Panoramic overlooks of Lake Superior. Rapids and waterfalls. Wildlife. Boreal forests. Well-marked backcountry campsites. 200+ miles of nature’s playground. Minnesota at its finest.
The Superior Hiking Trail, running from Duluth to the Canadian border along the North Shore of Lake Superior, offers all of the above—and then some. If you’re looking for a backpacking adventure, this trail, dubbed simply the “SHT” to those in the know, is just a few hours drive from the metro and, as one hiker described, “one of the most beautiful places on earth.”
The trail is especially beautiful in the fall, when the leaves are beginning to change.
Backpacking amidst all this natural beauty provides an opportunity to clear your mind of cobwebs and—as naturalist John Muir famously said—“keep close to nature’s heart … and wash your spirit clean.” It’s a chance to break out of your comfort zone and test your boundaries.
You can park at Lutsen Mountains or a number of trailheads and take a shuttle as far as you want, then hike back to your car. Some people spend a day hiking along the trail, some spend a weekend backpacking, some hike and camp for a week (or longer). The hike itself is considered moderate, depending on your ability. There is good, clear signage along the trail, making it easy to follow. Don’t, however, be so intent on getting from Point A to Point B that you fail to notice your surroundings. When you reach those vistas and overlooks, stop, sit back, and enjoy the view. Take it all in. After all, that’s why you’re there.
To plan your hike, pick up a trail map at REI or Midwest Mountaineering or visit the Superior Hiking Trail Association at www.shta.org. The SHTA builds, maintains, and manages the trail with the help of hundreds of volunteers.
TIPS FOR BACKPACKING ALONG THE SUPERIOR HIKING TRAIL:
My good friend Jeremy, who has hiked the SHT numerous times, came up with this gear checklist for those hiking the SHT. You can never be over-prepared, right?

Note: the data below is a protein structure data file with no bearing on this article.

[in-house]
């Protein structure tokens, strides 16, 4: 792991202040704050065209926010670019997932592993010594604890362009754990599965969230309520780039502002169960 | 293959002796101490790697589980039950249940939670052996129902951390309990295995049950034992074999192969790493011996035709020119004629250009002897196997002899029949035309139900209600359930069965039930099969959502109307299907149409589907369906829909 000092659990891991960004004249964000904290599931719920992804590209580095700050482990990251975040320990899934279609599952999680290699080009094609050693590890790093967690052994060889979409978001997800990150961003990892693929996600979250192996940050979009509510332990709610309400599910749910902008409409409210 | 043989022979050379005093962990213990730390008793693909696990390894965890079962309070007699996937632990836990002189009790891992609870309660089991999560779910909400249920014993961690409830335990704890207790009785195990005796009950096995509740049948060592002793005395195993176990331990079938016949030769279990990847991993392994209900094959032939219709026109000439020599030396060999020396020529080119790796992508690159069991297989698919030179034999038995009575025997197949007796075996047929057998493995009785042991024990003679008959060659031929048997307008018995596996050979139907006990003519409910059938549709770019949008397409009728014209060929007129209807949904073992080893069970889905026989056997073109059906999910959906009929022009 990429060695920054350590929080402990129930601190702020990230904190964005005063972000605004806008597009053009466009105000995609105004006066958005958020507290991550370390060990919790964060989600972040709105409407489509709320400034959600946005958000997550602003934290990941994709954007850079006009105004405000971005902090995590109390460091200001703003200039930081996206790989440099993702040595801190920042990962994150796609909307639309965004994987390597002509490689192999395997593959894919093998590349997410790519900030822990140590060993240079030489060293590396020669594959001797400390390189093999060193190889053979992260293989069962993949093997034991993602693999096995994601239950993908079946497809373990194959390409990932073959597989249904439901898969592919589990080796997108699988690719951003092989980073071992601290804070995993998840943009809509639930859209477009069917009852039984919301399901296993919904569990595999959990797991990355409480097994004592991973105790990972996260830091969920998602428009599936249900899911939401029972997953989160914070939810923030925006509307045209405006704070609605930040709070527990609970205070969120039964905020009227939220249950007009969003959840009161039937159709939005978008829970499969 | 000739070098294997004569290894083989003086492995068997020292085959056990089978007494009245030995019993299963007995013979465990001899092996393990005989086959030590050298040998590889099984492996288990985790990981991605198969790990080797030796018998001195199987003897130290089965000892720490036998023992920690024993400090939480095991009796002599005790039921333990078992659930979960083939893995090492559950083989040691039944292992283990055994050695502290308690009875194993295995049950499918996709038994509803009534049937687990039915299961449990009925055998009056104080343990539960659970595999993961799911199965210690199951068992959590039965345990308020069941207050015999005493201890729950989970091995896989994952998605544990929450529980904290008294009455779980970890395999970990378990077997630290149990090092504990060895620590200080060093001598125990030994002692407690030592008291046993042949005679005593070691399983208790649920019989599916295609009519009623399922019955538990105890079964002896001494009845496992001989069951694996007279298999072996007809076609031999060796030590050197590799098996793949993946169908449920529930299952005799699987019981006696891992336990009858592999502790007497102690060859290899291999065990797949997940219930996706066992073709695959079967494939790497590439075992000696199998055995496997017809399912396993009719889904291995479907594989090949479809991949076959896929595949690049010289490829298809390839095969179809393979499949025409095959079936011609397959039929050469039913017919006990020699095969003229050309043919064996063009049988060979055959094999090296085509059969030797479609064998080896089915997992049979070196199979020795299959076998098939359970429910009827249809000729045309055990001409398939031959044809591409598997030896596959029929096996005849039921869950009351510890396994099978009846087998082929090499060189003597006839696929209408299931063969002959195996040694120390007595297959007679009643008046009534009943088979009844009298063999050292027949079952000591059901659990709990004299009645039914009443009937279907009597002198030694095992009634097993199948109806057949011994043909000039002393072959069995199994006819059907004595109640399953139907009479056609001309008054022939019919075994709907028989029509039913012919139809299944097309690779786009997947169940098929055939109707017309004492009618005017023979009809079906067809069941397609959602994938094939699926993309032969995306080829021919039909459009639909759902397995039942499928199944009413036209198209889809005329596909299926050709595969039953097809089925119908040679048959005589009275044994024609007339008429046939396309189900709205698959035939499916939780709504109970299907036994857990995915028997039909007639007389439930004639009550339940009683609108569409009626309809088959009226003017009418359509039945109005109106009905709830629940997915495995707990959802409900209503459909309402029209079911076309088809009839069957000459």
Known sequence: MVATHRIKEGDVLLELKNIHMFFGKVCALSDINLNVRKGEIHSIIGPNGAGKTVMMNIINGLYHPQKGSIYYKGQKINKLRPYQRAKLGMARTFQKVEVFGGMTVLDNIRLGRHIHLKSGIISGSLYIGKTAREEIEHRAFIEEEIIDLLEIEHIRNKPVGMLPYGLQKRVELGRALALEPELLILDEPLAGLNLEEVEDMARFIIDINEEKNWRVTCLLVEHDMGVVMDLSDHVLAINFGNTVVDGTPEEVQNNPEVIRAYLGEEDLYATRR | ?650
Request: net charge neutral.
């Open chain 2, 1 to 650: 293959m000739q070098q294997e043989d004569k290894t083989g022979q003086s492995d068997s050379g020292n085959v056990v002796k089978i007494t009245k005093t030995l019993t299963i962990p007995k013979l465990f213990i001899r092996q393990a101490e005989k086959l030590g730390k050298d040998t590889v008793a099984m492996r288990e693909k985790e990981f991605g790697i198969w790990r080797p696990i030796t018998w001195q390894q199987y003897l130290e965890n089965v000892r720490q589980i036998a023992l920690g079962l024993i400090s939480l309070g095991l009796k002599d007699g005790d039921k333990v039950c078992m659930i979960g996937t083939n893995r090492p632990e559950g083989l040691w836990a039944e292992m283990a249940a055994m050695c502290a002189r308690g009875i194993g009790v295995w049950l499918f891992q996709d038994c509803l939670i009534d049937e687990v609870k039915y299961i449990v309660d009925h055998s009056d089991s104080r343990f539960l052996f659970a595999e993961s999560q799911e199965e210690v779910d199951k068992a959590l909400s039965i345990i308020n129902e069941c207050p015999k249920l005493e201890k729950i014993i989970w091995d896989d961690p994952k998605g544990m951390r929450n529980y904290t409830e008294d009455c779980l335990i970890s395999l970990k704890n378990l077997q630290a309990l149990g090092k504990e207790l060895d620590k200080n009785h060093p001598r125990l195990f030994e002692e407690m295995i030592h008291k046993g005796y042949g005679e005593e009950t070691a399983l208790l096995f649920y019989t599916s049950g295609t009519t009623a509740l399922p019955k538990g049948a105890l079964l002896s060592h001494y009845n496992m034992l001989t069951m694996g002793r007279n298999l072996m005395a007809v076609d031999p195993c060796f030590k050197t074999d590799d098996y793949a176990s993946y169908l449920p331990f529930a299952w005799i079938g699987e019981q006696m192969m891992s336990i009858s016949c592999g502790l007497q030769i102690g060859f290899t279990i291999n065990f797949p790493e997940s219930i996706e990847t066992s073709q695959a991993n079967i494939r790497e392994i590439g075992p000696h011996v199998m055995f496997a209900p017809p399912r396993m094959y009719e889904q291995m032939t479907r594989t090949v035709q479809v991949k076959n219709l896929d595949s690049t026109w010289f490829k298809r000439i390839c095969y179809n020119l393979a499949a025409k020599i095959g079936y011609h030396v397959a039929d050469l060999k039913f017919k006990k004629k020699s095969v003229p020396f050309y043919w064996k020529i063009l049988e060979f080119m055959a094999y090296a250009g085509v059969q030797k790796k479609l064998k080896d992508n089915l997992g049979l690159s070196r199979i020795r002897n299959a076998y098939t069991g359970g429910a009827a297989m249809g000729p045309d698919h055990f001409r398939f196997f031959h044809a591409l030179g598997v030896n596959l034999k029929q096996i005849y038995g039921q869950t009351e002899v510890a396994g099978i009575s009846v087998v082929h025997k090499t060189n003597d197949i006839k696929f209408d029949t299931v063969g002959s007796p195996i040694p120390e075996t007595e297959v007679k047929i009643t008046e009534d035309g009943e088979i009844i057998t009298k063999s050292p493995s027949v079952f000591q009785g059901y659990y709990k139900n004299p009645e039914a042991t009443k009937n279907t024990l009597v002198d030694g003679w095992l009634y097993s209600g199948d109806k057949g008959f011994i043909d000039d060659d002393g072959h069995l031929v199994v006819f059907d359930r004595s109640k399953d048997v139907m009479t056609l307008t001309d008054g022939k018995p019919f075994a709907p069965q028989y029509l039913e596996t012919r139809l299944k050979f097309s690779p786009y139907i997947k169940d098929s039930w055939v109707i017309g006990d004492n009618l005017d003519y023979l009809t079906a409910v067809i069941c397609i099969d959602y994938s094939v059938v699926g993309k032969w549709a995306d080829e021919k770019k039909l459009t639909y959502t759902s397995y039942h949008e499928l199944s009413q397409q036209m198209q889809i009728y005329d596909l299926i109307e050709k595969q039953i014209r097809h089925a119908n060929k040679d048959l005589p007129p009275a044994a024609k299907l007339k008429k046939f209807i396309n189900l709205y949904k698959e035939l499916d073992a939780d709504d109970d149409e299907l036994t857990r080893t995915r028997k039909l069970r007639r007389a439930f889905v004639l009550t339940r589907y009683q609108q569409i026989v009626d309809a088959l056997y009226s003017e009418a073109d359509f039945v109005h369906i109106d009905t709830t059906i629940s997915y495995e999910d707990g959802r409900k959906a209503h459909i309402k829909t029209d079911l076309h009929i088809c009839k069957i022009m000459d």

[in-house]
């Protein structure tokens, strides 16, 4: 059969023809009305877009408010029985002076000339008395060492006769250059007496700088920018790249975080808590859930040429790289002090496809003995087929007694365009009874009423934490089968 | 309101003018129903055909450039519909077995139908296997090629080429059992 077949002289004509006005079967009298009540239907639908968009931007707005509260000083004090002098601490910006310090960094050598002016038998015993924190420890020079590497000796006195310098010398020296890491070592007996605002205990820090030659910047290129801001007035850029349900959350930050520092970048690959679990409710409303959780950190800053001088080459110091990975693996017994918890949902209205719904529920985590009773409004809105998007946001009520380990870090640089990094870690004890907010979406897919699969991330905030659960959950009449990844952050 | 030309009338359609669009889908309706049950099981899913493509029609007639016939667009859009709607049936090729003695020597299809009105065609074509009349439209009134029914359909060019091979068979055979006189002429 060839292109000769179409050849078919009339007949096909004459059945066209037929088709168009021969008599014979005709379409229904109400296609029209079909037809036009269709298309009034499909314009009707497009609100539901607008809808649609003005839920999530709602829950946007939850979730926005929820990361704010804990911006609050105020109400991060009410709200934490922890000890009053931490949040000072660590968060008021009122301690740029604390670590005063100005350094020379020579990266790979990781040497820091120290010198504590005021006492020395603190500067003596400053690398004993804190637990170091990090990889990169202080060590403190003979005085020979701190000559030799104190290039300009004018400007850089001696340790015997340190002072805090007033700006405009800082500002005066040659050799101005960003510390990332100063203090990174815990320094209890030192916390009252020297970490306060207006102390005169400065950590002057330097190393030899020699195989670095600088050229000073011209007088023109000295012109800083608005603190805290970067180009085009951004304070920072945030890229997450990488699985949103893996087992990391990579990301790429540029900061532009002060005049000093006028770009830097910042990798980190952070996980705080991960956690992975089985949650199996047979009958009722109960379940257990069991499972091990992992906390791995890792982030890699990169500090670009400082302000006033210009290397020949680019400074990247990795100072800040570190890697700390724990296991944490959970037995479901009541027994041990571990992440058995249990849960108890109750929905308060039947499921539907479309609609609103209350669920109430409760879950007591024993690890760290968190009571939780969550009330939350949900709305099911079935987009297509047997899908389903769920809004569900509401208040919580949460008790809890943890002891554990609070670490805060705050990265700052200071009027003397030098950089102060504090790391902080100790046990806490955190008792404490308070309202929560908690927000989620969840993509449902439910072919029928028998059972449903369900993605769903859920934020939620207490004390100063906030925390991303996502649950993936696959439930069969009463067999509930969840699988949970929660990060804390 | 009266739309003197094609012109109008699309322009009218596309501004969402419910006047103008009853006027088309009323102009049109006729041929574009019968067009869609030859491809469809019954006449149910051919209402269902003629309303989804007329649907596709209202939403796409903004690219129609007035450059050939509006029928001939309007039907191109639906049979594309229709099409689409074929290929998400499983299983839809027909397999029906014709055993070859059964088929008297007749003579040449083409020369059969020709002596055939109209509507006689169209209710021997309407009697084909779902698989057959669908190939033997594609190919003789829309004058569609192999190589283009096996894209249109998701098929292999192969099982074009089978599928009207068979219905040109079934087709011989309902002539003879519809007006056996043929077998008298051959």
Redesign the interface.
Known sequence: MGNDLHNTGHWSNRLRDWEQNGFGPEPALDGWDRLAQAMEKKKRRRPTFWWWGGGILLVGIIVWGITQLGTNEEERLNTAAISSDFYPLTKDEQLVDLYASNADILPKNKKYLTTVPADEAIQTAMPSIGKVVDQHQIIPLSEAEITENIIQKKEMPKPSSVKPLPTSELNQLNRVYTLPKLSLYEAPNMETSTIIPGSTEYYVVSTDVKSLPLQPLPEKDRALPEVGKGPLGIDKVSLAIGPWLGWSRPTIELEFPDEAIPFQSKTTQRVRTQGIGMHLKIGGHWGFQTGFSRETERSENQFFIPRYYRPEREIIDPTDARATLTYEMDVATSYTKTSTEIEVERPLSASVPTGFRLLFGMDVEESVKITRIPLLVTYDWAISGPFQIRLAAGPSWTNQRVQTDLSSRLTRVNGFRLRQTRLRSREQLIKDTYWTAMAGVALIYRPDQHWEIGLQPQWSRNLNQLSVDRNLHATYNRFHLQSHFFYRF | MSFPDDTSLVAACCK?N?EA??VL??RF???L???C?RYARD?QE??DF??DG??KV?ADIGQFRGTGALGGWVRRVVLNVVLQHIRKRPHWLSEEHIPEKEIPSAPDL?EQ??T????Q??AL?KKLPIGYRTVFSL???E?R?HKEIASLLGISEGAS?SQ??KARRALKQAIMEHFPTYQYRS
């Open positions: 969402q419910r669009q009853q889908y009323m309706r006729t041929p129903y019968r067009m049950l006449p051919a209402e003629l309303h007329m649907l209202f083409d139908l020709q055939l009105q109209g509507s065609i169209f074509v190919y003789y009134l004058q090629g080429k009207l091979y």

• Backpacking tent
• Backpack—research different types available and what is the most comfortable for you.
• A map, compass, GPS
• A food bag that can easily be hung from a rope
• Backpacking stove fuel
• Sleeping bag and sleeping pad—research different types available and what is right for your trip and lowest temperature you expect to encounter.
• A water bottle
• A first aid kit
• Compression sack or dry bag—for clothes/toiletries
Layering is key:
• T-shirt base layer (polyester or wool)
• Long-sleeved shirt (polyester or wool)
• Hiking pants – preferably quick dry
• Thermal underwear
• Wool socks
• Fleece jacket
• Compressible down jacket (if 40 or below)
• Rain jacket (keeps your rain coat in the top lid of your pack for easy access)
• Hat and gloves (also store in the top of your pack)
• Camp towel
• Garbage bag – in case it rains (to keep your pack dry)
• Digital camera
• Rope for hanging a bear bag (to protect your food from bears)
• Cook set
• Backpacking stove
• Water filter
• Collapsible bucket for doing dishes or filtering water
• Cup, plate and utensils
You can’t beat looking at the fall colors from a spot in the woods.
Overlooking the Poplar River Valley.
PhotoS by Jeremy Nelson
How can you be stressed when the scenery is this stunning?